By Diane Oneil on February 26 2018 14:59:05
The environment of the installed wires determine how much current a cable is permitted to carry. Because multiple conductors bundled in a cable cannot dissipate heat as easily as single insulated conductors, those circuits are always rated at a lower "ampacity". Tables in electrical safety codes give the maximum allowable current based on size of conductor, voltage potential, insulation type and thickness, and the temperature rating of the cable itself. The allowable current will also be different for wet or dry locations, for hot (attic) or cool (underground) locations. In a run of cable through several areas, the part with the lowest rating becomes the rating of the overall run.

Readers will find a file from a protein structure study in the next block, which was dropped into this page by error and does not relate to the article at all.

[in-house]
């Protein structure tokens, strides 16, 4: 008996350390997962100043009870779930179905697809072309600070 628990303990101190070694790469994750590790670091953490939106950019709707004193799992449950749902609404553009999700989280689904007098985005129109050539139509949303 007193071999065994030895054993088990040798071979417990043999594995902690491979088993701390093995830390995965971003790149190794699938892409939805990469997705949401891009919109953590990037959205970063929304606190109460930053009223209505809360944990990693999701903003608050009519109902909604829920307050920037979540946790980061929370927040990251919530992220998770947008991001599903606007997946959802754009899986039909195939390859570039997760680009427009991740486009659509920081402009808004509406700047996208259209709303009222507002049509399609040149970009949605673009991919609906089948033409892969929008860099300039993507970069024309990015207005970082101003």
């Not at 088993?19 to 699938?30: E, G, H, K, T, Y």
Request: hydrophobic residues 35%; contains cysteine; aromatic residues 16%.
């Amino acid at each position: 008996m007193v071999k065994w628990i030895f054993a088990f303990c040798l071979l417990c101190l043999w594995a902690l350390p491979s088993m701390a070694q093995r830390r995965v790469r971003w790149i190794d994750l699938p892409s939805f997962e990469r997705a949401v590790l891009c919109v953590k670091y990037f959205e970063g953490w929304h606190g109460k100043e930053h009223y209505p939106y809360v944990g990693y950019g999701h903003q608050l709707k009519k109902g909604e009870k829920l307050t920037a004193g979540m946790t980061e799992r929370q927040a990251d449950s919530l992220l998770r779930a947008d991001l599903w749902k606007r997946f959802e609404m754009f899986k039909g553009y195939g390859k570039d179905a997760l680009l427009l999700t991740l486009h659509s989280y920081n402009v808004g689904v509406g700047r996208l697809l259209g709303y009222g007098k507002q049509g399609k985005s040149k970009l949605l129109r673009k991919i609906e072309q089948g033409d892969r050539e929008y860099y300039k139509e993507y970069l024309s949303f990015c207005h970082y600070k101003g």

US single-phase residential power distribution transformer, showing the two insulated "Line" conductors and the bare "Neutral" conductor (derived from the earthed center-tap of the transformer). The distribution supporting cantenaries are also shown.
The best way to understand wiring diagrams is to look at some examples of wiring diagrams. Click on any of these wiring diagrams.
For example, a home builder will want to confirm the physical location of electrical outlets and light fixtures using a wiring diagram to avoid costly mistakes and building code violations.
wiring diagram schematics
cat 5 wiring diagram
relay wiring diagram